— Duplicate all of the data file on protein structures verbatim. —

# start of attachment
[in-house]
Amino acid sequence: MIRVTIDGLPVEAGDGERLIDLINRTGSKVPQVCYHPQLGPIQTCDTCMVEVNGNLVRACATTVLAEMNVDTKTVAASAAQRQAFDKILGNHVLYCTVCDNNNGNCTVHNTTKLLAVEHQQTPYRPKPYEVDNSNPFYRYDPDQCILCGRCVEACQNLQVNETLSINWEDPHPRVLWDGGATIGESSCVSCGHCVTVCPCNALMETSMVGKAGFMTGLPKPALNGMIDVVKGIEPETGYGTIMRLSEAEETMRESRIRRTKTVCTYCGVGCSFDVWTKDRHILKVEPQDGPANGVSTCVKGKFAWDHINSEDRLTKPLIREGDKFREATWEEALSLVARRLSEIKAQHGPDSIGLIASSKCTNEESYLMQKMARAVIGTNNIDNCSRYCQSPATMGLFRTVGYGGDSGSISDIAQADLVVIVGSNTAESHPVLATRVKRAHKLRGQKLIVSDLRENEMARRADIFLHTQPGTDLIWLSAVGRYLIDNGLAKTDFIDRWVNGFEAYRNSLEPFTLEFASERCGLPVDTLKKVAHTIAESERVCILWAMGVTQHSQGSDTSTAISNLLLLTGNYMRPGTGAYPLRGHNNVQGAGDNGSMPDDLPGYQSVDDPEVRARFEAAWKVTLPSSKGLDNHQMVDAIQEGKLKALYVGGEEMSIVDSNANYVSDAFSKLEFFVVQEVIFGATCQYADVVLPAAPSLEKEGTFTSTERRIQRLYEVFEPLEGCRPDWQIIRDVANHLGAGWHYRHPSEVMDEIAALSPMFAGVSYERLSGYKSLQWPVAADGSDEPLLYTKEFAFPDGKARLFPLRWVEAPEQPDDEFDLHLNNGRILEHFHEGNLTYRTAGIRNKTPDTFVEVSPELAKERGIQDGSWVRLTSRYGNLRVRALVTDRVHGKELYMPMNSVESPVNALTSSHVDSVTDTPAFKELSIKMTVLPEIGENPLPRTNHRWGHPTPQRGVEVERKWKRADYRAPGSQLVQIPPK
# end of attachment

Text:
[in-house]
Amino acid sequence: MIRVTIDGLPVEAGDGERLIDLINRTGSKVPQVCYHPQLGPIQTCDTCMVEVNGNLVRACATTVLAEMNVDTKTVAASAAQRQAFDKILGNHVLYCTVCDNNNGNCTVHNTTKLLAVEHQQTPYRPKPYEVDNSNPFYRYDPDQCILCGRCVEACQNLQVNETLSINWEDPHPRVLWDGGATIGESSCVSCGHCVTVCPCNALMETSMVGKAGFMTGLPKPALNGMIDVVKGIEPETGYGTIMRLSEAEETMRESRIRRTKTVCTYCGVGCSFDVWTKDRHILKVEPQDGPANGVSTCVKGKFAWDHINSEDRLTKPLIREGDKFREATWEEALSLVARRLSEIKAQHGPDSIGLIASSKCTNEESYLMQKMARAVIGTNNIDNCSRYCQSPATMGLFRTVGYGGDSGSISDIAQADLVVIVGSNTAESHPVLATRVKRAHKLRGQKLIVSDLRENEMARRADIFLHTQPGTDLIWLSAVGRYLIDNGLAKTDFIDRWVNGFEAYRNSLEPFTLEFASERCGLPVDTLKKVAHTIAESERVCILWAMGVTQHSQGSDTSTAISNLLLLTGNYMRPGTGAYPLRGHNNVQGAGDNGSMPDDLPGYQSVDDPEVRARFEAAWKVTLPSSKGLDNHQMVDAIQEGKLKALYVGGEEMSIVDSNANYVSDAFSKLEFFVVQEVIFGATCQYADVVLPAAPSLEKEGTFTSTERRIQRLYEVFEPLEGCRPDWQIIRDVANHLGAGWHYRHPSEVMDEIAALSPMFAGVSYERLSGYKSLQWPVAADGSDEPLLYTKEFAFPDGKARLFPLRWVEAPEQPDDEFDLHLNNGRILEHFHEGNLTYRTAGIRNKTPDTFVEVSPELAKERGIQDGSWVRLTSRYGNLRVRALVTDRVHGKELYMPMNSVESPVNALTSSHVDSVTDTPAFKELSIKMTVLPEIGENPLPRTNHRWGHPTPQRGVEVERKWKRADYRAPGSQLVQIPPK